A Tale of Medicare Bureaucracy
Sometimes I wonder if injured parties are going to be able to get their foot in the door of the courthouse 20 years from now. I feel like it’s pressing in on all sides: most of my fellow Flathead valley neighbors think personal injury lawyers like myself are quick-talking snake-oil salespeople, insurance companies have been acting in bolder and more difficult ways and Medicare. Right. And Medicare.
Medicare is government. As everyone knows, government is the poster child for inefficiency. And, for that matter, carrying a big stick. Which is currently Medicare’s position on personal injury. Inefficient, big-stick.
The current issue in the field of personal injury is Medicare’s rules –or, rather, unclear pseudo rules– regarding respective parties’ responsibilities in “third-party liability settlements.” What happens is this: Medicare beneficiary gets hurt. It’s somebody else’s fault. At-fault person carries insurance. At-fault insurance pays some medical bills and then a settlement. Federal Medicare law requires two things: that Medicare be reimbursed for medical bills and that injured beneficiaries “protect” Medicare’s “future interests.”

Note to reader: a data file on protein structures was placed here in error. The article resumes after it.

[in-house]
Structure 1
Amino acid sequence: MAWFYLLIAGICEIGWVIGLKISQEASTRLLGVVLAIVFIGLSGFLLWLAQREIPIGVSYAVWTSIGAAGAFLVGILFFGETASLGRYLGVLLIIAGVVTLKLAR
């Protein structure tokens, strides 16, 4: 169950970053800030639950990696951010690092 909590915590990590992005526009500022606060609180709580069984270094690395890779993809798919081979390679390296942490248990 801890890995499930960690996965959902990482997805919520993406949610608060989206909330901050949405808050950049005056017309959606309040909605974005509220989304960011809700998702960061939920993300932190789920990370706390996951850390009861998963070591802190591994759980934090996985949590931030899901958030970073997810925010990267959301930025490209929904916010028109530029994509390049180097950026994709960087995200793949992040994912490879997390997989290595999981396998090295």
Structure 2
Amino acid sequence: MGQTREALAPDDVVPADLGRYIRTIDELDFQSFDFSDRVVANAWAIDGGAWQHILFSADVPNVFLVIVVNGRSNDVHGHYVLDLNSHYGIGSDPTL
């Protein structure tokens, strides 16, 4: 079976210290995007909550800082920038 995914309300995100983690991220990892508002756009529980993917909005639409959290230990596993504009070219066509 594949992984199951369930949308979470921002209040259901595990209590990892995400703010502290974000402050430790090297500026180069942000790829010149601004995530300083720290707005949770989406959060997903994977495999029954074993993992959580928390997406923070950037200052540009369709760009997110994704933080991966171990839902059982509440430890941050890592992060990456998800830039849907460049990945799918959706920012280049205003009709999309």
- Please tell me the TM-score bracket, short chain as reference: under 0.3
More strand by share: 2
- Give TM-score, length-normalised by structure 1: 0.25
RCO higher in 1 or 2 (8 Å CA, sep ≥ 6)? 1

I’m confident you can spot the issue here. It’s relatively straight-forward, albeit time-consuming, to figure out the “past” medical expenses. But … what in the sam-hill does “protect Medicare’s future interests” mean?
Even the smartest and most informed lawyers on this subject’s best guess is just that: a guess. Congress has made no effort to define. Medicare has given no meaningful directives. And lower, non-binding court decisions are dancing all around the issue.
Add to the mix what’s clear: if an insurance company doesn’t report a settlement properly, there’s a big financial penalty (to the tune of $1,000 per day per non-compliance).
So there’s this mass paralysis, paranoia and psychosis that accompanies almost any Medicare beneficiary who tries to settle their case against a third-party insurance. Frustratingly, there’s no cure for this, and all we can do is spend a bunch of time and money trying to iron things out. At the end of the day I have increasingly found myself in the unenviable position of telling injured clients: we should probably settle for X, but I can’t tell you how much money will be left over after Medicare is taken care of and there’s a chance that sometime in the future Medicare will cut off your benefits wrongly and we’ll have to spend more time and money ironing that out.
It’s the tale of an inefficient, big-stick resulting in Medicare-related paralysis, paranoia and psychosis.